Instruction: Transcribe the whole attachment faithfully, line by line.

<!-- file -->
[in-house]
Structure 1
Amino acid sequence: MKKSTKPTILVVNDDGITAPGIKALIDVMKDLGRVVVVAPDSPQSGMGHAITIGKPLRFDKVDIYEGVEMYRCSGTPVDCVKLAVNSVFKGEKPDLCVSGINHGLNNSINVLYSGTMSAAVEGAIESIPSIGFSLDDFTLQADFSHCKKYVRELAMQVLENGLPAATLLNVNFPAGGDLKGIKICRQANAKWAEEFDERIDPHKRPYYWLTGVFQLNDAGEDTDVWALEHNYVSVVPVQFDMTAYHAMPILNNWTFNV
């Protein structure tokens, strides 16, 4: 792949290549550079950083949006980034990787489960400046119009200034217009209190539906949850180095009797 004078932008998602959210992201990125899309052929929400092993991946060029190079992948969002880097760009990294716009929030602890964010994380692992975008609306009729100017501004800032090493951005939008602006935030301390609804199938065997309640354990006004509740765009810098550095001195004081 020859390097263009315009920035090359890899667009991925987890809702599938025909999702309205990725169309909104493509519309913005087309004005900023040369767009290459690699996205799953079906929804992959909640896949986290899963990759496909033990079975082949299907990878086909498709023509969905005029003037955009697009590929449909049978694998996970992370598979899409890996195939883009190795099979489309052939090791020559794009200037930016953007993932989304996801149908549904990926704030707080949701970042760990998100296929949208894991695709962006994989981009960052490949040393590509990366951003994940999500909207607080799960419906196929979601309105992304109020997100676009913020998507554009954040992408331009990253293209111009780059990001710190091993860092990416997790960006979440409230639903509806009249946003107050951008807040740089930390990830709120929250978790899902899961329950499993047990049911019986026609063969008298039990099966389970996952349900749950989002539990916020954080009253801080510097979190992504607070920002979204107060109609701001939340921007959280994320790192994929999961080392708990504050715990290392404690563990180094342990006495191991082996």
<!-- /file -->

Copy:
[in-house]
Structure 1
Amino acid sequence: MKKSTKPTILVVNDDGITAPGIKALIDVMKDLGRVVVVAPDSPQSGMGHAITIGKPLRFDKVDIYEGVEMYRCSGTPVDCVKLAVNSVFKGEKPDLCVSGINHGLNNSINVLYSGTMSAAVEGAIESIPSIGFSLDDFTLQADFSHCKKYVRELAMQVLENGLPAATLLNVNFPAGGDLKGIKICRQANAKWAEEFDERIDPHKRPYYWLTGVFQLNDAGEDTDVWALEHNYVSVVPVQFDMTAYHAMPILNNWTFNV
């Protein structure tokens, strides 16, 4: 792949290549550079950083949006980034990787489960400046119009200034217009209190539906949850180095009797 004078932008998602959210992201990125899309052929929400092993991946060029190079992948969002880097760009990294716009929030602890964010994380692992975008609306009729100017501004800032090493951005939008602006935030301390609804199938065997309640354990006004509740765009810098550095001195004081 020859390097263009315009920035090359890899667009991925987890809702599938025909999702309205990725169309909104493509519309913005087309004005900023040369767009290459690699996205799953079906929804992959909640896949986290899963990759496909033990079975082949299907990878086909498709023509969905005029003037955009697009590929449909049978694998996970992370598979899409890996195939883009190795099979489309052939090791020559794009200037930016953007993932989304996801149908549904990926704030707080949701970042760990998100296929949208894991695709962006994989981009960052490949040393590509990366951003994940999500909207607080799960419906196929979601309105992304109020997100676009913020998507554009954040992408331009990253293209111009780059990001710190091993860092990416997790960006979440409230639903509806009249946003107050951008807040740089930390990830709120929250978790899902899961329950499993047990049911019986026609063969008298039990099966389970996952349900749950989002539990916020954080009253801080510097979190992504607070920002979204107060109609701001939340921007959280994320790192994929999961080392708990504050715990290392404690563990180094342990006495191991082996």